Written by Christy Hinko: email@example.com Friday, 29 June 2012 00:00
Town of Hempstead Supervisor Kate Murray, along with Receiver of Taxes Don Clavin, environmental partners and community leaders, and residents celebrated the grand opening of the town’s new state-of-the-art solar car charging stations.
The three charging stations together can power six cars. Each station offers two levels of charging (120V and 240V) to provide power for an array of electric vehicles. The charging stations will be used for charging Town of Hempstead vehicles, but will also be open to the public and available for free use during the evaluation period of about one year. A fourth charging station has also been added to the West Marina.
“It’s the first full day of summer and the sun is out in full force. Is there any better setting to hold a road race with electric cars powered by the sun?” Murray asked. “We’re excited to celebrate the opening of three solar charging stations here at East Marina and one more next door at our Conservation and Waterways office.”
Green Power Technologies secured funding from the U.S. Department of Energy and have provided the charging stations to the town at no cost. The solar-paneled canopies above the charging stations, which provide all of the energy needed to run the stations, were funded by a $4.6 million grant that the town received from the Department of Energy.
“This is a wonderful and meaningful project,” said David Schieren, co-founder of EmPower Solar, whose company installed the system. EmPower Solar, of Island Park, is a leading solar, engineering and contracting company in the tri-state area.
“[It is believed] that solar and wind will lead to a more prosperous, healthy, and civil world,” said Schieren. “Critically, solar is cost-effective, it’s a wise investment today.”
Schieren explained the system, the carport charging station, saying its 14-kilowatt capacity totals about 3,000-kilowatt hours per year. Each charging space has enough power to charge an electric vehicle for about eight-kilowatt hours, or 30 miles of use. He said that 30 miles is the average distance traveled by drivers each day in the United States. “Solar can work for transportation as well as residential, commercial and municipal,” said Schieren.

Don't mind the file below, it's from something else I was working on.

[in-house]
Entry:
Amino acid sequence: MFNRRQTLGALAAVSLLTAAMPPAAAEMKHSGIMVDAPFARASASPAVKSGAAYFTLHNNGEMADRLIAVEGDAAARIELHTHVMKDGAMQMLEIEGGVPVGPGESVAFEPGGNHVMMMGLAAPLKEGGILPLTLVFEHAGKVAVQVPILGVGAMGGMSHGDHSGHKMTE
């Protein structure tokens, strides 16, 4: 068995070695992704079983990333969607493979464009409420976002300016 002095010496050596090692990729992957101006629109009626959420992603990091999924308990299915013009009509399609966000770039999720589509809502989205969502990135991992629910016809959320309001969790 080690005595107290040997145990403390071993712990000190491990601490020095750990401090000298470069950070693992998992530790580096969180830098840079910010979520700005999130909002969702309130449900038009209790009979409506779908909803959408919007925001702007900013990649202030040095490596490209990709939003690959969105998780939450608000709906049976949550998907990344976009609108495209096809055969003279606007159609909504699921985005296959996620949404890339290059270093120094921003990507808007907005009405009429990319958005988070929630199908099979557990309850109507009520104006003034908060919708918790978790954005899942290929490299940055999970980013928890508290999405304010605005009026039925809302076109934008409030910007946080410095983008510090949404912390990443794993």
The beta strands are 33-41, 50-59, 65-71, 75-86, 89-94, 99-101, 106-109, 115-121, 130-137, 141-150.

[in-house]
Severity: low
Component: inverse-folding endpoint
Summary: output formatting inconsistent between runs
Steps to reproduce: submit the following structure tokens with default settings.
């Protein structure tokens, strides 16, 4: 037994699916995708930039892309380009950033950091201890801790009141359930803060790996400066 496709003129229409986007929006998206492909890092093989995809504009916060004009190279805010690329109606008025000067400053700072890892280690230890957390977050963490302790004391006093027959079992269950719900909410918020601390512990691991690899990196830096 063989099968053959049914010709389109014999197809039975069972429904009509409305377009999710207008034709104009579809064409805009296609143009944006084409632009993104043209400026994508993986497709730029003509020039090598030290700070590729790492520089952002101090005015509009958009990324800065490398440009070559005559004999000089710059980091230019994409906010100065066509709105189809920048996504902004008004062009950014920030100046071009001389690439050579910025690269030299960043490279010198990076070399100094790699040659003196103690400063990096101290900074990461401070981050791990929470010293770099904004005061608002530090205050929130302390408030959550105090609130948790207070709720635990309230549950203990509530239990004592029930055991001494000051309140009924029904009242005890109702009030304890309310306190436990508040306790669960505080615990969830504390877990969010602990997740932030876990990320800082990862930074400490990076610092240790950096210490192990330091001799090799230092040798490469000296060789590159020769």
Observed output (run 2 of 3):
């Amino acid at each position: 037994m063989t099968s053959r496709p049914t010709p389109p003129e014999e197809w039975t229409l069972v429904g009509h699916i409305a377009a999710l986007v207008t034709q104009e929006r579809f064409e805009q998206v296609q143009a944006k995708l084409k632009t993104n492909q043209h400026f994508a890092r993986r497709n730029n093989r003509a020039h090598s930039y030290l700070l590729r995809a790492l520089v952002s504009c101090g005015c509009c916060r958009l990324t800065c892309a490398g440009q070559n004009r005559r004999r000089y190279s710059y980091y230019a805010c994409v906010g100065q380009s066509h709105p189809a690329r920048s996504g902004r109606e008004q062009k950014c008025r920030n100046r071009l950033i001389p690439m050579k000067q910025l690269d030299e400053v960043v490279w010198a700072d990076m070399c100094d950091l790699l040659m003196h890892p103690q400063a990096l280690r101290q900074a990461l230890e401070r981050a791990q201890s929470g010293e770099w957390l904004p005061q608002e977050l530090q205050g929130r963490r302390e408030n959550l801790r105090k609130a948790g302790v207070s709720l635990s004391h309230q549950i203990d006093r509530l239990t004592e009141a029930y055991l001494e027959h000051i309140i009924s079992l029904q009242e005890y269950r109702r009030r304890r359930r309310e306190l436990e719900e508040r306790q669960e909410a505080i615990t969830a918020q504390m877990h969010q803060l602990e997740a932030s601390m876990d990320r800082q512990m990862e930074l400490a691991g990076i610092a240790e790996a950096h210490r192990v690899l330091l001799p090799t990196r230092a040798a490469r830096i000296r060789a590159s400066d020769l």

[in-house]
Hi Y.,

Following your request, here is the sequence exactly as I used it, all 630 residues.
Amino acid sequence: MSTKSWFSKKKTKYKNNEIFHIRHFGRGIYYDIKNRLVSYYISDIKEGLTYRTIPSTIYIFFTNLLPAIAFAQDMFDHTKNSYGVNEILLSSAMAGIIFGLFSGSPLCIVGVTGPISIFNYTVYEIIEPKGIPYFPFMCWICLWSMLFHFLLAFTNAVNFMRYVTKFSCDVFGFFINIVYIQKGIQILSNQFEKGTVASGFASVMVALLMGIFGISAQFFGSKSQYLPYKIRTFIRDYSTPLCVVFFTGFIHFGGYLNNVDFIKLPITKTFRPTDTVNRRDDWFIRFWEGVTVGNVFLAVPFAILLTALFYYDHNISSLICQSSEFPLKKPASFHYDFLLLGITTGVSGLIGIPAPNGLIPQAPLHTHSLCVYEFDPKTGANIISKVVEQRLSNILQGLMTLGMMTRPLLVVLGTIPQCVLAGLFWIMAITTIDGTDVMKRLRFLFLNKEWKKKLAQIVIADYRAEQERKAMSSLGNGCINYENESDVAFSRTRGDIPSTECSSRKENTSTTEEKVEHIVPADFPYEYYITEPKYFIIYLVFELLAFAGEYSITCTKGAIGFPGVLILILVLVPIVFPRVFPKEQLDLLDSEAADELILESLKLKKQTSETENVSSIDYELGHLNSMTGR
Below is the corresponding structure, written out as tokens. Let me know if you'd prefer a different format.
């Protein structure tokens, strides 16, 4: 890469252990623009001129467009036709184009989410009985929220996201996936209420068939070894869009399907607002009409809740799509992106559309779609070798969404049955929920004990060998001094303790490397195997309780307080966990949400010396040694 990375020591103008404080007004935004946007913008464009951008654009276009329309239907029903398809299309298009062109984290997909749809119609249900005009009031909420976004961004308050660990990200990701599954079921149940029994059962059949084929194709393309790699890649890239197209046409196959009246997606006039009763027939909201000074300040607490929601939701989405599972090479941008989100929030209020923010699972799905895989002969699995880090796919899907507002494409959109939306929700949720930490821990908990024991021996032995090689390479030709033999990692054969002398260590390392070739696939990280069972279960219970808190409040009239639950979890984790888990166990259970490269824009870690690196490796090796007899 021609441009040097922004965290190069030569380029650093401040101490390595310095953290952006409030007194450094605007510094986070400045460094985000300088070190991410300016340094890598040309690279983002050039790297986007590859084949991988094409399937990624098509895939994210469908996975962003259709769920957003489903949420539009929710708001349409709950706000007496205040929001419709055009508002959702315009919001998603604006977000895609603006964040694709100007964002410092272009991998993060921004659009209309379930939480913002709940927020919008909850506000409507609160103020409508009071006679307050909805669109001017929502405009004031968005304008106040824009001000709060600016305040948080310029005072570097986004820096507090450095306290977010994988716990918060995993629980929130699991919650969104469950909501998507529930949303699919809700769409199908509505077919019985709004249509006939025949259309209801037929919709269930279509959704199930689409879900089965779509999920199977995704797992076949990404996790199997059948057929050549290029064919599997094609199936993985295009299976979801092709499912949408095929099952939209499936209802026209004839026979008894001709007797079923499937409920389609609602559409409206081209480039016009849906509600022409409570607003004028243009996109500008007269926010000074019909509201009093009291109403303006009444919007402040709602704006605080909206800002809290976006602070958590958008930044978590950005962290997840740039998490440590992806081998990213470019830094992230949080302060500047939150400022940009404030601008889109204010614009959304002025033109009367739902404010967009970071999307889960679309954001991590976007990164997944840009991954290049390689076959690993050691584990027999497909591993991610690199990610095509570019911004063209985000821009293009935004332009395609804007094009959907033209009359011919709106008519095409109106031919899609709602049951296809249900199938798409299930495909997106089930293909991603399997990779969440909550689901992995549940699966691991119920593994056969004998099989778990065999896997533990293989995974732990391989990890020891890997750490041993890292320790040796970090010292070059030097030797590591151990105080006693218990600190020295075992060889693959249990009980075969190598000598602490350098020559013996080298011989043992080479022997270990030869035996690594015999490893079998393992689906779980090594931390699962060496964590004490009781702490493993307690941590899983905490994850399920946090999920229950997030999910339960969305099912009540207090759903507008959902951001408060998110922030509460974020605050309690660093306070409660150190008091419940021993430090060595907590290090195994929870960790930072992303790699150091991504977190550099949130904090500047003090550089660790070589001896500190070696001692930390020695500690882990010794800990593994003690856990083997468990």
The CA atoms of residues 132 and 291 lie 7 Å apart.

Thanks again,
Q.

The town’s clean energy fleet of vehicles includes a fleet of Toyota fuel-celled cars and a hydrogen-natural gas bus. Other renewable energy vehicles will also be added to the fleet, including fuel cell and electric cars. The town has also received two all-terrain John Deere “gator” flatbeds that will serve the Oceanside nature preserve and the Point Lookout Department of Conservation and Waterways.
“The sun is beating down on us but it is also helping us to beat our planet’s reliance on fossil fuel,” Murray concluded. “Together we’re building a clean energy legacy for our children and future generations to come.”
Some in attendance to support the new charging stations, and to get a first-glimpse at the innovative technology, included: New York Institute of Technology, Wilke Architect and Engineers, Greater Long Island Clean Cities Coalition (GLICC), LIPA, National Grid, Operation SPLASH, members of the Point Lookout Civic Association, Lido Beach Civic Association, Sustainability Institute of Molloy College, T.M. Bier and Associates, Chevrolet Fleet and Municipal Sales.
The Town of Hempstead’s ongoing renewable energy projects now include a hydrogen fueling station, a solar panel field, solar trackers, geothermal heating and cooling, and a windmill.